First, we build up from the premise that design thinking leads to innovative solutions, as is underlined in the many case studies Tim Brown provides in “Change by Design”.
Secondly, as Tim Brown points out, an underlying theme to innovative individuals is that they have built the creative confidence be think they are able and capable of producing new, never before seen solutions.
Thirdly, innovators need more than the experience or the want to create change, they need the toolsets (both material resources and mental skills) to innovate. Among these, prototyping materials and an expansive capacity to see beyond the obstacles before you, are critical.
Finally, the ideal innovator is a “T-person”, one that combines depth of experience (the vertical line) with a breadth of knowledge (the horizontal line).
These four principles resulted in eight key components of the DesignShop, explained below:
1) Three topics were used to frame the event’s challenge, as well as to attract similar-minded participants into pre-assembled teams with shared interests from the start.
2) An open online community forum was provided before the event to normalize the relatable experience of the attendees. Participant were asked to read and comment through at least two of the 21 transcribed interviews with education experts posted on the site.
3) Interdisciplinary teams were pre-assembled ensure that every team had at least one of each user-type—student/learner, teacher/educator, policymaker/administrator, industry representative—, a low Residual Sum of Squares from the Team mean Design Score— a portfolio of each person’s five self-reported design thinking skills including Rapid Prototyping, Sketching, Using Post-its, Brainstorming in Groups, and Expressing Ideas Through Lego’s—, and that those four participants had chosen interest in the same of three topics.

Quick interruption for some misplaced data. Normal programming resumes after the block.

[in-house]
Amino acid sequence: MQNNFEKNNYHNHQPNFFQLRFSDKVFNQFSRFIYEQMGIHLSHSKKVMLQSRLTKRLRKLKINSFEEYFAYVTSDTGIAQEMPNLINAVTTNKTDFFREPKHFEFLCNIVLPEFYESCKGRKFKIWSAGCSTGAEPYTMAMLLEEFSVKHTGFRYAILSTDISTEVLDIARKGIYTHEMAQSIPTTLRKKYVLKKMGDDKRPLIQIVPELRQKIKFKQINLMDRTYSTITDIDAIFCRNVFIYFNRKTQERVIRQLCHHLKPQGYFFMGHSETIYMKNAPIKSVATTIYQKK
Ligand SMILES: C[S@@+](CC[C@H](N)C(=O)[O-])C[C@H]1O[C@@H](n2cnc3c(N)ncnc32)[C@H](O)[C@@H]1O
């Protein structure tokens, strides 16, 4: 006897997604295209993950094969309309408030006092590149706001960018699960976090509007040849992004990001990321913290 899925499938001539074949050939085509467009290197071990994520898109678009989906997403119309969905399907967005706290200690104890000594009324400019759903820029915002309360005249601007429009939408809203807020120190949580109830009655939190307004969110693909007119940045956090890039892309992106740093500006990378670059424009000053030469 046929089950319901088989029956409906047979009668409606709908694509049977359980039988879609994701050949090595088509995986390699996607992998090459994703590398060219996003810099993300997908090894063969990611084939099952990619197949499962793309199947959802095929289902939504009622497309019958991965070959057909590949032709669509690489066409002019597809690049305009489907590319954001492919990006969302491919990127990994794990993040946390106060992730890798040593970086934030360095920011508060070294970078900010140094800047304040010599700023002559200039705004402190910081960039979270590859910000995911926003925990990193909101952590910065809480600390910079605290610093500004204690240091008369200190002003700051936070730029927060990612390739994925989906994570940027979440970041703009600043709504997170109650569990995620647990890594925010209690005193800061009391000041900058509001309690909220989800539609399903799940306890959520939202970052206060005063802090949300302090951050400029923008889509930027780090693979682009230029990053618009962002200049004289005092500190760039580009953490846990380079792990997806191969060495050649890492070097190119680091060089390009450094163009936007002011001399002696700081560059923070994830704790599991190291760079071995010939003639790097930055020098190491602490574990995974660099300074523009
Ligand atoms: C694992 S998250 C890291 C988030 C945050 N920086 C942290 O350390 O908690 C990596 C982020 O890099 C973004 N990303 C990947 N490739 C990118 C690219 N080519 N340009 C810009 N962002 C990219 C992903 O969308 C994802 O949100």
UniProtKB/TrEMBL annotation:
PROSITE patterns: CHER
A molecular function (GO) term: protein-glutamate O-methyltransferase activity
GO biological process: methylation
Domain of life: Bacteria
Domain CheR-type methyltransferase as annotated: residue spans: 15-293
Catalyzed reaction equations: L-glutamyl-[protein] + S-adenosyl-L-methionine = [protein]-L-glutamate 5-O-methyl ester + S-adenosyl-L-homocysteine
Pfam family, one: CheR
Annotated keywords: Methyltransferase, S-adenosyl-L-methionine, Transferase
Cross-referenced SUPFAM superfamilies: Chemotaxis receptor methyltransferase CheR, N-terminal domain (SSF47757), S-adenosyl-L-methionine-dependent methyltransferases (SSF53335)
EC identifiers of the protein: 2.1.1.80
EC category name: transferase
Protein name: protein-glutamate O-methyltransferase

4) Hands-on learning modules fostered quicker adoption of design thinking principles. Tutorials on “Visual Thinking & Sketching” and “The Power of Prototyping” gave participants tangible skills for development, and deliverable-based team activities gave participants a project-based learning opportunity to apply their newly acquired concepts.
5) A flat hierarchy of mentorship throughout kept ademocratized learning environment where our youngest 10 year old participants felt as relevant and able to contribute as our 62 year-old more experienced participant. Each team of four had a Team Facilitator (identified by a sequined bow tie) to moderate the interpersonal dynamics and to introduce design thinking strategies to facilitate team activities. Mentors (identified by a neon fedora hat) floated in and out of teams, who had a permanent empty 6th chair at their table to invite the interaction.
6) Physical materials for prototyping were available throughout the event in order for teams to bring their ideas to life, regardless of how abstract they were. A base of arts and crafts supplies were supplemented with blue foam and foam core, and thinking tools like a bowl of Lego’s at the table center.
7) The event ultimately resulted in a competition-based format wherein teams competed for top prizes that would jumpstart the continuation and execution of their developed ideas. These rewards included three prizes for $1000 as reimbursable stipend, three prizes for $500 as reimbursable stipend, and three prizes in the form of 1-hour consultations with prominent organizations in the space.
8) Inspired by the active engagements invested into the students’ learning experience in 2.009, encouraging easter-eggs throughout the event rounded out the experience for participants to feel that this was really for them and their learning. Details like small and quirky prizes after answering a mini-quiz correctly, and an upside down encouraging statement on each nametag, set the bar of attention and detail.